Thursday, October 18, 2012

Mexican Altura Coatepec

Name: Mexican Altura Coatepec
Origin: Mexico
Purveyor: McNulty's
Roast: American
Preparation: Freshly ground, French-pressed, sipped black

In general parlance, to say that "there is nothing special about" something is to offer a negative remark. Usually it is not the most scurrilous of insults, but nobody would mistake it for a compliment.

And indeed, in the case of the Mexican Altura Coatepec from McNulty's, I am not overly enthused. Other than in the nose, which is exceedingly complex - earthiness, florals, nuttiness, smoke, all synthesized into one grand note - there is nothing sophisticated about this coffee. The flavor is mild, with a little acid, and not very particular on any note at all. There is nothing special about it.

But none of that, in this case, is to say that the coffee is not good. First of all, it is quite smooth, and as the sip becomes a swallow, it grows from medium-bodied to full-bodied in a very delightful way. Second of all - and the craft coffee community will kindly resist the temptation to go apoplectic here - most people who drink coffee do not really care about what coffee tastes like. My readers may care, I certainly care, and I even spend a good part of my day encouraging others to care. But most people brewing a potta' Joe in their Mr. Coffee machines or Keurigs or whatever, to have a quick cup with breakfast or to serve with cigarettes and gossip for an afternoon, are more than happy with "it tastes like coffee and it doesn't suck". And why would they not have such an attitude? Such folks are more than likely to load up the cup with so much milk and sugar and fancy-schmancy-mocha-caramel-whatever-syrup and, of course, whiskey and Irish cream that it is amazing that there is any room left for the darn coffee in the first place. And you know what? More power to them. We like coffee; they like whiskey and sugar. And the world keeps on spinning.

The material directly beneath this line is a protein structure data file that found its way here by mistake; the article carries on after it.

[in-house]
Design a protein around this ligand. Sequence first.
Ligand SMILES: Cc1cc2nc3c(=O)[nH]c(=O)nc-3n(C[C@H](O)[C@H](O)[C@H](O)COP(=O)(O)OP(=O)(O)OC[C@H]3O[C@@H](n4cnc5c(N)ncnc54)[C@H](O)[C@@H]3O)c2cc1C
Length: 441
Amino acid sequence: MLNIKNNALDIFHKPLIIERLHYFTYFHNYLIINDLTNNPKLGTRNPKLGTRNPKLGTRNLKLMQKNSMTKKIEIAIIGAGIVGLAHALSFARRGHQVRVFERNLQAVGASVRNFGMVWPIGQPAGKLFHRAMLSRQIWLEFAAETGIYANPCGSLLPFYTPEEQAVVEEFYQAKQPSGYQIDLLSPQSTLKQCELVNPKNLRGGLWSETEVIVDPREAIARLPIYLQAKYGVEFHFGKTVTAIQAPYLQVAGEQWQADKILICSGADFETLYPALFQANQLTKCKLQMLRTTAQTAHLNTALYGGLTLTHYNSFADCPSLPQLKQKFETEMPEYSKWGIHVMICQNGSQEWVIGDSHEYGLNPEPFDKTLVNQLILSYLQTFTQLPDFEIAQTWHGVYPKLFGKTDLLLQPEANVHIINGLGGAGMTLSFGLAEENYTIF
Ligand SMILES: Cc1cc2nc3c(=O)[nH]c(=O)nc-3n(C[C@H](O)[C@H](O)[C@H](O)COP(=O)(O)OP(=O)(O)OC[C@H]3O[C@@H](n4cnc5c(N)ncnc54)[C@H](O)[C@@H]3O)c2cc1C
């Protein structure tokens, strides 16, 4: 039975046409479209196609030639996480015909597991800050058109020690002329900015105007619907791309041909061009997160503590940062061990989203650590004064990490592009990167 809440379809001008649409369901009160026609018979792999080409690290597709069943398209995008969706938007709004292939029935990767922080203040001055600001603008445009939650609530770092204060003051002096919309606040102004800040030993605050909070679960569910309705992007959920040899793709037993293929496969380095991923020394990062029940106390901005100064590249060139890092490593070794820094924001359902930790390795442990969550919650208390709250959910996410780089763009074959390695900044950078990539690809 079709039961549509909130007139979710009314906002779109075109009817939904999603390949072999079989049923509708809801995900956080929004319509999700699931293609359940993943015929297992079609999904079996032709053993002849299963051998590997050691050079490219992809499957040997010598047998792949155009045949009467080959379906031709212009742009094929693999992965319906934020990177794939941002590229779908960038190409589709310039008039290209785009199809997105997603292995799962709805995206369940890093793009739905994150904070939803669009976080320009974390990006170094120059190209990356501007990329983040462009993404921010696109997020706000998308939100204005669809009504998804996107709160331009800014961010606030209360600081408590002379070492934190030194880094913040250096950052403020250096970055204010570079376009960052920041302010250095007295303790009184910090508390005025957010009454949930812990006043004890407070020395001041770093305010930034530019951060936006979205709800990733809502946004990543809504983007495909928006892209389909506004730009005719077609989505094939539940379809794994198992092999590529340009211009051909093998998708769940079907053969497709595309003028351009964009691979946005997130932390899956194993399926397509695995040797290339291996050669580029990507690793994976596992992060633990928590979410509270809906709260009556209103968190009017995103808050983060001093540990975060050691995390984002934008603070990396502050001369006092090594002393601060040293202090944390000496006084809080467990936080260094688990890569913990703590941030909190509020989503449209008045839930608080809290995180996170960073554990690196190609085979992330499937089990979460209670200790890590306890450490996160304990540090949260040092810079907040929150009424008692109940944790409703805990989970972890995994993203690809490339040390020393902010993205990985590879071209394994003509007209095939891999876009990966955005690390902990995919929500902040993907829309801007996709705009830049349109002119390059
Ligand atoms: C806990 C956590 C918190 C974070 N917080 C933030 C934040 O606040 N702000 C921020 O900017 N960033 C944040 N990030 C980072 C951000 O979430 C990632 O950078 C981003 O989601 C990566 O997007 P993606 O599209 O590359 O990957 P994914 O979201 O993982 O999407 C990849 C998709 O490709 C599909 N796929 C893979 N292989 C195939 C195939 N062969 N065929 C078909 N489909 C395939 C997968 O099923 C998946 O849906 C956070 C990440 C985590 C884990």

Anyhow, the Mexican Altura Coatepec, being as it is not emanating with powerful florals, pungent fruits, or (as in a dark roast) leaden charcoal, makes for a perfect blank slate upon which the sweet-toothed masses can concoct their favorite morning grogs or preferred afternoon drinking candies, and call it coffee. It will be faux coffee - it will taste like anything but coffee - and it will be delicious and make for good times, I am sure.

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